For 2x parallel strings, assuming one fails, then each string should carry 100% of the rated system current.

4/0 cable is good for roughly:

https://lugsdirect.com/WireCurrentAmpacitiesNEC-Table-301-16.htm

195-260 Amps NEC "Nominal" (lots of other factors in full NEC tables), but obviously way larger cable than you truly need...

If you assume 75 amps (round up to 80 amps), then 4 or 2 AWG cable is more than good enough.

If you choose to put breakers/fuses on each battery string--Your choice. Blue Sea makes some nice fuse holders that work well with battery string fusing:

https://www.bluesea.com/products/2151/Dual_MRBF_Terminal_Fuse_Block_-_30_to_300A

https://www.bluesea.com/products/5191/MRBF_Terminal_Fuse_Block_-_30_to_300A

https://www.bluesea.com/search/results/mrbf (fuses)

Note that the fuses are not included, and are not cheap... Using Circuit breaker(s) both for fusing and as an on/off switch is not a bad way to go.

I will stop here... Questions, corrections, confusion?

-Bill

32,027adminFor example, say you run the battery bank down to 11.5 volts (under load). And the AC inverter cutoff voltage is 10.5 Volts. That gives you ~1.0 volt maximum wiring (fuse/breaker/connection/etc.) drop too. For inverters, they can surge 2x rated power, so I use 0.5 volt drop maximum for those circuits to support starting loads (like refrigerator compressors).

So, for a 12 volt bank, 4 AWG wiring, running 43 amps, 8 feet one way run (from source to load), using a simple voltage drop calculator we get:

https://www.calculator.net/voltage-drop-calculator.html?material=copper&wiresize=0.8152&voltage=11.5&phase=dc&noofconductor=1&distance=8&distanceunit=feet&eres=43&x=55&y=11

Voltage drop:

0.17Voltage drop percentage:

1.49%Voltage at the end:

11.33We get ~0.2 volts drop... Which is fine.

Now, for the solar charge controller, generally at 12 volts, we want to see 0.05 to 0.10 volts maximum drop (controller measures accurate voltage under charge). Say 60 amps, 4 AWG, 3 feet from controller to battery bank (including battery bank series wiring):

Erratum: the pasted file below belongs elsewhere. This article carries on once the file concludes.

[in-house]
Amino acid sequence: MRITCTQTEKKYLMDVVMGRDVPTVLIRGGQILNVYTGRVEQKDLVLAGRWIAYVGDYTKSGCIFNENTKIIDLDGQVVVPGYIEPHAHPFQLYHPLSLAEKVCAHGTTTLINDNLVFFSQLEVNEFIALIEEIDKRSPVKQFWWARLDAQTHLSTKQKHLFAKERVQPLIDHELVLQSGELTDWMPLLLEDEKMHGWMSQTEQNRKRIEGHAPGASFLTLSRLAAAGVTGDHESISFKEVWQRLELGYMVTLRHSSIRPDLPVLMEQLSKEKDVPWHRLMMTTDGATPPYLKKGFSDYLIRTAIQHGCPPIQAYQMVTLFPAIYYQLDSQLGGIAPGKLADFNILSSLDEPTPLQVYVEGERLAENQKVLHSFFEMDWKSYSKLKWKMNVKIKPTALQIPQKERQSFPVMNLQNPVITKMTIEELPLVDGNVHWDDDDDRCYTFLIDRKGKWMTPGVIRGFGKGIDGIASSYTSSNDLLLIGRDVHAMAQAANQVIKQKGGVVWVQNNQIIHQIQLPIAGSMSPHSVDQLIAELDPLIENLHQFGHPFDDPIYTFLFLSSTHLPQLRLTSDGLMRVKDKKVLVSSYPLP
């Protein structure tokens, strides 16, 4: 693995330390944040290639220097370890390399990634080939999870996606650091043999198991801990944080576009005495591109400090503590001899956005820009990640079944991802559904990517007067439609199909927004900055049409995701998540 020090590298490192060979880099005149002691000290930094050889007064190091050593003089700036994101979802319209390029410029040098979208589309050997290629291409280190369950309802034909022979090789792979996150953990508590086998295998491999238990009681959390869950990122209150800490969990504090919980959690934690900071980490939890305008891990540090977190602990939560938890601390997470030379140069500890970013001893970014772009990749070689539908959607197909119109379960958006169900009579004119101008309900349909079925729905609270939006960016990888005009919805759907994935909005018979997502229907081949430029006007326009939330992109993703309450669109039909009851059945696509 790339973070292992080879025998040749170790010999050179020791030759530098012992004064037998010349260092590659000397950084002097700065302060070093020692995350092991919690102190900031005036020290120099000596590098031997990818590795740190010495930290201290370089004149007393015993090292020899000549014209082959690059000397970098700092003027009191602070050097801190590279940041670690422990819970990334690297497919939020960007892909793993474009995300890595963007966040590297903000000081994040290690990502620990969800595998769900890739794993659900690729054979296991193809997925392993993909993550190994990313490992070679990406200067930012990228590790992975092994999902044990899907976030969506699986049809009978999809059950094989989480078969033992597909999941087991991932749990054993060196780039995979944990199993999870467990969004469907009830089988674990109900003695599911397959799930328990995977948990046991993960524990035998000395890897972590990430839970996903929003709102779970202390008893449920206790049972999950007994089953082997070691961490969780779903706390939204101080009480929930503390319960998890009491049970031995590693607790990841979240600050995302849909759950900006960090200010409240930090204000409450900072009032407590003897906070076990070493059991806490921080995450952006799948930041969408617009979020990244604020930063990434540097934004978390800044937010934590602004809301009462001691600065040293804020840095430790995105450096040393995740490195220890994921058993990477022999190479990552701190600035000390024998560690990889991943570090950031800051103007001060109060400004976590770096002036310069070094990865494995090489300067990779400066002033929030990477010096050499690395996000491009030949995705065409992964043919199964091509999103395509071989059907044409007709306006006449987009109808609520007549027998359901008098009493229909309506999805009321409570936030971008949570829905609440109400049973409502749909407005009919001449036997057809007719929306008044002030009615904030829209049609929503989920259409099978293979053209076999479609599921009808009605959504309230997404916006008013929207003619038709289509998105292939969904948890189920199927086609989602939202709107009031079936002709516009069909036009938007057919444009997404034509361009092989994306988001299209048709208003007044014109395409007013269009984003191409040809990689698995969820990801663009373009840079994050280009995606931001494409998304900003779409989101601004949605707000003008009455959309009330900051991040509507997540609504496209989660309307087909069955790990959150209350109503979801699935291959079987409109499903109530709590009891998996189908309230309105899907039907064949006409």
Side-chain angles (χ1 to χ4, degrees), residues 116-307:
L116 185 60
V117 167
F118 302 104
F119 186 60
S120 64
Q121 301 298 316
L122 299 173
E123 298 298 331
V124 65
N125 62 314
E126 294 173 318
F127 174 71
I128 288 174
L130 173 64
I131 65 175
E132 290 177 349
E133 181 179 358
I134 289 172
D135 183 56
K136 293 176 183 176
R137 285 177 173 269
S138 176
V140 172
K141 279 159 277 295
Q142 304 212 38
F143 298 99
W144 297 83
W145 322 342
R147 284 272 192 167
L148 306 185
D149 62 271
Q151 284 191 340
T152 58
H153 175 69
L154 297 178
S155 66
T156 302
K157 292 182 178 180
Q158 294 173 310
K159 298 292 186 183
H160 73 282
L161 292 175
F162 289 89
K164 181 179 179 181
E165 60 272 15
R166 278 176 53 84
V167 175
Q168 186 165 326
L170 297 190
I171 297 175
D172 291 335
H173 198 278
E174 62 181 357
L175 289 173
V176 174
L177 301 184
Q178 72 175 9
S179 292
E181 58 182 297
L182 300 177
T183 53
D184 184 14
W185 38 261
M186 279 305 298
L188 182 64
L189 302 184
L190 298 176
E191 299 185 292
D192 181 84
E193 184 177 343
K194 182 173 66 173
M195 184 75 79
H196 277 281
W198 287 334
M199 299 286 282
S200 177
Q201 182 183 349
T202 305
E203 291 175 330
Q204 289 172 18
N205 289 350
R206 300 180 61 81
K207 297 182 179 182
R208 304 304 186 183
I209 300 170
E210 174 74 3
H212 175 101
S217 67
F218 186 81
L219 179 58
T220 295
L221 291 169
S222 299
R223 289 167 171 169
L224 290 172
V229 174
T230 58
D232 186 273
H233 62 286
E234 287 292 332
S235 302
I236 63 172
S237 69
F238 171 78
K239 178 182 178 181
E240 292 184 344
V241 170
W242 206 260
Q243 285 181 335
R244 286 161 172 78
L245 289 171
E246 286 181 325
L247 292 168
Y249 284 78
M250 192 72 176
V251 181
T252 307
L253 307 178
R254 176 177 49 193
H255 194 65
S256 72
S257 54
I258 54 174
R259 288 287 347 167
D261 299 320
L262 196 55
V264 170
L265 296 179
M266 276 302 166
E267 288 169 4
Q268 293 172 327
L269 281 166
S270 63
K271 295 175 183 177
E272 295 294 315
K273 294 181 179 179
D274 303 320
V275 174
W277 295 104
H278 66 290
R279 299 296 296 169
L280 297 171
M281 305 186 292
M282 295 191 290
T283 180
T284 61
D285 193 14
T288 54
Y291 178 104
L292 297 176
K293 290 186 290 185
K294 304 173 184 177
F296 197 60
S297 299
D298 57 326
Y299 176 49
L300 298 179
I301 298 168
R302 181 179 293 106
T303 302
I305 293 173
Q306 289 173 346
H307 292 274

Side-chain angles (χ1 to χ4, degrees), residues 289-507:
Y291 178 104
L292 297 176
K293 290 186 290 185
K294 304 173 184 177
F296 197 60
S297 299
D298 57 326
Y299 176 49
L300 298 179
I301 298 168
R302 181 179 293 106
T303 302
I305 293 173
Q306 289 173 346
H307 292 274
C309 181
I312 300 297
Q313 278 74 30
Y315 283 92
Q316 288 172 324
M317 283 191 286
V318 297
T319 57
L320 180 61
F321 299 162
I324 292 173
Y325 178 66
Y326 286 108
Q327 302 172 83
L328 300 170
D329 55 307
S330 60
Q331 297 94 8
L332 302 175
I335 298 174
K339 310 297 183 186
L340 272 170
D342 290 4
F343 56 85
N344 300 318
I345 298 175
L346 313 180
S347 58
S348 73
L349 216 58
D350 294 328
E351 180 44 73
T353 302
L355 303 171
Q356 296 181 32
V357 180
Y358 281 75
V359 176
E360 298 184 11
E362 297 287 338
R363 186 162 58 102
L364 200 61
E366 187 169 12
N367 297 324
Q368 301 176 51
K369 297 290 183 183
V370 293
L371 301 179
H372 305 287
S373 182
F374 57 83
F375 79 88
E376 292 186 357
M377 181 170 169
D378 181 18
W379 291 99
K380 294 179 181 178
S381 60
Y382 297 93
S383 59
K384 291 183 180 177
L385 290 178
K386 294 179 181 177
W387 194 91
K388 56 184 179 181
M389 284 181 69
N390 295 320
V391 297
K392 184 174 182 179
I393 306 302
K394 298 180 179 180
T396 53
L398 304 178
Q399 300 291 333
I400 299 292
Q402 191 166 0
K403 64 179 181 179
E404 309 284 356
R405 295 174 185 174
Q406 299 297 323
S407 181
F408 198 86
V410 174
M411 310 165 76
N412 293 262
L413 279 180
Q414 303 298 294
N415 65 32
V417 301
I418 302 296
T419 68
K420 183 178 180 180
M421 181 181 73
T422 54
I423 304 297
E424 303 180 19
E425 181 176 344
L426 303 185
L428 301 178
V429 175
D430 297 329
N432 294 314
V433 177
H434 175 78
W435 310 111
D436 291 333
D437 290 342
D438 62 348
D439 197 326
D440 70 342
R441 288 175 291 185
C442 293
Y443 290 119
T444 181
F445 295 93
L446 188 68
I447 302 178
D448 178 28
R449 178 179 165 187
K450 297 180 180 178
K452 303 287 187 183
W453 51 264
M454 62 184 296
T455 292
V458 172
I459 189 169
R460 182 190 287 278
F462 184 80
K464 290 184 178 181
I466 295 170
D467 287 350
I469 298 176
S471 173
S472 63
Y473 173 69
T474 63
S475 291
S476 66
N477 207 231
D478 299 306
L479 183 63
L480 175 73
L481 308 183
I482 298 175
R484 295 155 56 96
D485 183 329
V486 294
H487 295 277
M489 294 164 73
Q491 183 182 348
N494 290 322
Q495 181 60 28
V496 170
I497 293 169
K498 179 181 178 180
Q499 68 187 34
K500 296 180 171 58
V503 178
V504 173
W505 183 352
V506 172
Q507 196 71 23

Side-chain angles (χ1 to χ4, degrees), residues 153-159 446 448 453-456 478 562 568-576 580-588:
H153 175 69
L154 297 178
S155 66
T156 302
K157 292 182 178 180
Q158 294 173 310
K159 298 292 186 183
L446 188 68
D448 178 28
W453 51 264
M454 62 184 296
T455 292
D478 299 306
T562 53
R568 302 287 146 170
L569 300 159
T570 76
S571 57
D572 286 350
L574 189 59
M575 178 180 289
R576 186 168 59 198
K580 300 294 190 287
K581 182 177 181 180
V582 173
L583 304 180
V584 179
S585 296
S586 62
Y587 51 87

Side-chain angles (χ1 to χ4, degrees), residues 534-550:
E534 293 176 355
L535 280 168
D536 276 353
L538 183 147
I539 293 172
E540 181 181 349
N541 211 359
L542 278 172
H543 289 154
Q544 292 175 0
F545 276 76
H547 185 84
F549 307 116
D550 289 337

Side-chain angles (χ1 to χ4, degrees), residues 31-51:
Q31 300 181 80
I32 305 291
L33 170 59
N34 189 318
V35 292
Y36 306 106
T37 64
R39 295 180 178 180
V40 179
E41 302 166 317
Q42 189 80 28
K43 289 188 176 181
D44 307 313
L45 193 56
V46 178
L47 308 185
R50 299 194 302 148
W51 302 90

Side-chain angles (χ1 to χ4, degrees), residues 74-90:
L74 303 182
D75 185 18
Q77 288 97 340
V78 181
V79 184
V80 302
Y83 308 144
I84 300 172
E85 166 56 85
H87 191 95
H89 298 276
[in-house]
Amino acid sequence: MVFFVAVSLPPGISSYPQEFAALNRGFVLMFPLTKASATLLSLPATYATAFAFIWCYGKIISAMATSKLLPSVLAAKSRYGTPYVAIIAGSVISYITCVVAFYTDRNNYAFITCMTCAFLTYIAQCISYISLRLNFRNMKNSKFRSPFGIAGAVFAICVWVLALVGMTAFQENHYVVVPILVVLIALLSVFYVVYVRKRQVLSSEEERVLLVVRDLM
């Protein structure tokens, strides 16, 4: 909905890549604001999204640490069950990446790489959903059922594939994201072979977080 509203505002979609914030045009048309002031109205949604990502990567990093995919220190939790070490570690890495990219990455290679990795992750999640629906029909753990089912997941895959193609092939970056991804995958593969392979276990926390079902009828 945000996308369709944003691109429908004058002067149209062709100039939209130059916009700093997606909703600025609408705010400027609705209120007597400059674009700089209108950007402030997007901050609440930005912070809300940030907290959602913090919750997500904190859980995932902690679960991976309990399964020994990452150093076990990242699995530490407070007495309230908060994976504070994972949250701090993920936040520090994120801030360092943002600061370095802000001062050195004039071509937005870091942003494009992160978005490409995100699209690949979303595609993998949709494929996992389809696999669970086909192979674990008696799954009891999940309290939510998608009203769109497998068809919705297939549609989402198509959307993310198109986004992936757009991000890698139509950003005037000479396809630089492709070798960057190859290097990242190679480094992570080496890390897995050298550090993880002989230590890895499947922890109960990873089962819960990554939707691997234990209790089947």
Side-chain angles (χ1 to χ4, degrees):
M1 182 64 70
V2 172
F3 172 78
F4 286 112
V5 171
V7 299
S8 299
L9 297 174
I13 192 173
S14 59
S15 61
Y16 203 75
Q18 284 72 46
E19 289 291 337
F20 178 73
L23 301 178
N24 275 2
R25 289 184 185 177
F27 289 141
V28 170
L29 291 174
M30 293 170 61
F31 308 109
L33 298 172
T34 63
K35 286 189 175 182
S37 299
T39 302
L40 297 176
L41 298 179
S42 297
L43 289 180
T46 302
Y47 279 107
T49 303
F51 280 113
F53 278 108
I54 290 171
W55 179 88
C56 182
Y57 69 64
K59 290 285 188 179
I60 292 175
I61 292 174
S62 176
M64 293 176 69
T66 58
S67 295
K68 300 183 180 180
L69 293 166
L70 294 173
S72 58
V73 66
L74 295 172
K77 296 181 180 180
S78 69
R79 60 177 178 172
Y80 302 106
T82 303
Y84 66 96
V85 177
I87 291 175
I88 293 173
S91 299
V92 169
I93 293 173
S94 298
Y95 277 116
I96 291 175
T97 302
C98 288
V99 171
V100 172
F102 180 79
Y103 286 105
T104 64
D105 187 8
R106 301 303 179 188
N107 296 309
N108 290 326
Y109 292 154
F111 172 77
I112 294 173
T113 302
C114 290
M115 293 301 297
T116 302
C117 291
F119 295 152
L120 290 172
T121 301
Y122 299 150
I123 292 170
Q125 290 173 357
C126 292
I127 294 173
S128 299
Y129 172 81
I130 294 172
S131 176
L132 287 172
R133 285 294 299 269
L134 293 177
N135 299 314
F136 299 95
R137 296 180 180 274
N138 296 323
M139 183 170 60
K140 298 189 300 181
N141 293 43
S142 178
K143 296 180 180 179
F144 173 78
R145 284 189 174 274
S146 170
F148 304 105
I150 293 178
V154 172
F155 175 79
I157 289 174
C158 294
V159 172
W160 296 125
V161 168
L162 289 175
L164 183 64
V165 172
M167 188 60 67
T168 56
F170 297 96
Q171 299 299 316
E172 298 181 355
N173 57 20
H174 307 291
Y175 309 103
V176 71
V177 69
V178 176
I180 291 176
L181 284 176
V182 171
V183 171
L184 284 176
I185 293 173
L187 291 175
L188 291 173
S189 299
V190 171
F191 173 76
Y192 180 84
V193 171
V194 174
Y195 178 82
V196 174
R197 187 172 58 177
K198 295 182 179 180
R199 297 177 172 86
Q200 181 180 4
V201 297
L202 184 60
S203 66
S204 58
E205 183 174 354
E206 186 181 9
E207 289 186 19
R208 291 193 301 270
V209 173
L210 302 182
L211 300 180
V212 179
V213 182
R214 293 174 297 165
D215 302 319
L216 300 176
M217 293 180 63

https://www.calculator.net/voltage-drop-calculator.html?material=copper&wiresize=0.8152&voltage=12&phase=dc&noofconductor=1&distance=3&distanceunit=feet&eres=60&x=65&y=19

Voltage drop:

0.089Voltage drop percentage:

0.75%Voltage at the end:

11.911We get ~0.09 volt drop at maximum charging current (if you add another panel).

You can see that at these low battery bank voltages, and under heavy current, it does take heavy copper wiring, kept as short as practical to keep the voltage drop under control (and not spend too much money on copper wiring).

-Bill

6✭✭4,495✭✭✭✭✭http://www.smartgauge.co.uk/batt_con.html

IMHO, method 3 would work well and be easy to fuse.

Unless you have AC load(s) requiring a 2500w inverter, you may want to consider something smaller. Large inverters tend to use a lot of power just being on powering very small loads. Running a couple of AC led lights on a big inverter might actually use nearly as much a full size fridge, for example. A nice smaller inverter that should run the loads you listed fairly efficiently:

https://www.solar-electric.com/morningstar-si-300-115v-ul-inverter.html

Many "wall wart" type loads are actually DC loads that can be run with 12v adapters/converters much more efficiently than with AC wall warts or transformer bricks on a big inverter. It does depend on the load though.

Main daytime system ~4kw panels into 2xMNClassic150 370ah 48v bank 2xOutback 3548 inverter 120v + 240v autotransformer

Night system ~1kw panels into 1xMNClassic150 700ah 12v bank morningstar 300w inverter

32,027adminHaving fuses/breakers on each circuit that leaves the battery bus is important too. One for the smaller DC loads, another for the AC inverter, and another yet for the solar charge controller.

Regarding balanced current for the bank, Estragon has that with the Smartgauge link.

And the AC inverter--For a 12 volt bank, a 1,200 to 1,800 Watt AC inverter is about the maximum practical to support (high current, voltage drop issues etc.):

- 2,500 Watt inverter * 1/0.85 AC inverter eff * 1/10.5 volts battery cut off = 280 Amps @ 12 volt input
- 280 amps * 1.25 NEC current derating = 350 Amp rated branch circuit wiring/breaker/fuse

For a small cabin, generally suggest something like 300 Watt AC inverter (just enough to run the smaller loads). And use an AC generator for power tools/etc. when needed. Use propane/wood/etc. for heating/cooking/hot water/etc.I had missed the 2,500 Watt inverter--As Estragon says, the larger AC inverter uses more energy (Tare losses) just being "turned on". A large inverter can use 20-40+ Watts, a 300 Watt inverter can use just 6 Watts.

If you really need the larger inverter at times... Wiring two inverters up, one for smaller loads (lighting, cell phone charging, laptop charging, etc.) and the second large one only turned on when needed.

And for a 2,500 Watt inverter, 4/0 cable is even on the small side. Sorry I missed it. That inverter is a game changer. And if the inverter is used, your present solar panels / battery bank would need to be much larger / and a higher voltage battery bank (24 or 48 volt) to supply those larger AC loads.

-Bill

6✭✭